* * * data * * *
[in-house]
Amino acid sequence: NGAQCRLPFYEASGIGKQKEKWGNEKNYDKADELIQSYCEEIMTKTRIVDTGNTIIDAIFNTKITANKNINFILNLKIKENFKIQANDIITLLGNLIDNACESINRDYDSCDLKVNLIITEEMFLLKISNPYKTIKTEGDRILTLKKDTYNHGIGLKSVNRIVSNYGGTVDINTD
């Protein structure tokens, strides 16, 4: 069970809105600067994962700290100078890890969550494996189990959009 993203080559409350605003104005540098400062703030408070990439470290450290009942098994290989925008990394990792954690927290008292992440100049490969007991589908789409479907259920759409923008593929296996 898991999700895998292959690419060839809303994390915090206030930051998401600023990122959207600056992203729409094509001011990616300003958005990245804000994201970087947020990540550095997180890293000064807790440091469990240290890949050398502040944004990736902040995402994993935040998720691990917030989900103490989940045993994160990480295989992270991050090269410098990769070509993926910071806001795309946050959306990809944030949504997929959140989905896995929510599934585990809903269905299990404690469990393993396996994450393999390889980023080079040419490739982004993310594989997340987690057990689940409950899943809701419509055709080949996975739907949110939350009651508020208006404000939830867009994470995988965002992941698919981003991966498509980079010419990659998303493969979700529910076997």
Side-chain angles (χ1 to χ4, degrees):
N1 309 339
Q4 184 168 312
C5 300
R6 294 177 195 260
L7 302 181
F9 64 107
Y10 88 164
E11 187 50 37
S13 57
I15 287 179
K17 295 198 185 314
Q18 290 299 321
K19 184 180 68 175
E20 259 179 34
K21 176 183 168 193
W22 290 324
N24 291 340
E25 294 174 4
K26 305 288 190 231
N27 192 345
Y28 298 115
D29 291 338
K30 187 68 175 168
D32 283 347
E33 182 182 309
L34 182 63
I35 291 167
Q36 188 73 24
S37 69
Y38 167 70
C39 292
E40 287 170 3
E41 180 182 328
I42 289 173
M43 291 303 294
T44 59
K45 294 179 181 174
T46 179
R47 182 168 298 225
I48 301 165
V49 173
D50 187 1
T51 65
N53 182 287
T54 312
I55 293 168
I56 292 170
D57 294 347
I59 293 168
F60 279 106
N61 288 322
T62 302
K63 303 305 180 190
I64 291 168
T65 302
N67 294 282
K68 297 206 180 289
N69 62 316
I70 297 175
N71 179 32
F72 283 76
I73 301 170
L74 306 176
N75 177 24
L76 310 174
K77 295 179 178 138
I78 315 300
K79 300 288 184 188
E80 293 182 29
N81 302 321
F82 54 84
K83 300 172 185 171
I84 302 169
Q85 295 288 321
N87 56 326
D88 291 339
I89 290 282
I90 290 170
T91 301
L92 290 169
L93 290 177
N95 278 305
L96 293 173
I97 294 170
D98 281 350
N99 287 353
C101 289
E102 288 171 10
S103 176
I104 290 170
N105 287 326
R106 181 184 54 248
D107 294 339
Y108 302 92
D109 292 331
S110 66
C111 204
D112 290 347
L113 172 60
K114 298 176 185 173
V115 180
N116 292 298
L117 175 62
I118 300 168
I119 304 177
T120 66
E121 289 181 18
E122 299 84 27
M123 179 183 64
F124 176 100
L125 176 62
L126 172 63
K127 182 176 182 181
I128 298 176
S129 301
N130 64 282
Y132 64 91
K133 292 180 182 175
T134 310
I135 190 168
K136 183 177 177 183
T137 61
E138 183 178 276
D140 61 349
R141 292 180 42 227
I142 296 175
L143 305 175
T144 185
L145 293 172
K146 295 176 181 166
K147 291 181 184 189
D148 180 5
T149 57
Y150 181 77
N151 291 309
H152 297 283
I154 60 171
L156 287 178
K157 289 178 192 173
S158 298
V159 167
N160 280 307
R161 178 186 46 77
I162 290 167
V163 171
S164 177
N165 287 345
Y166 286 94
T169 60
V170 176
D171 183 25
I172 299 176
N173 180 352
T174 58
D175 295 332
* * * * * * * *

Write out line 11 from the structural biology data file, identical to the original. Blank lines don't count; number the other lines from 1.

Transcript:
Y10 88 164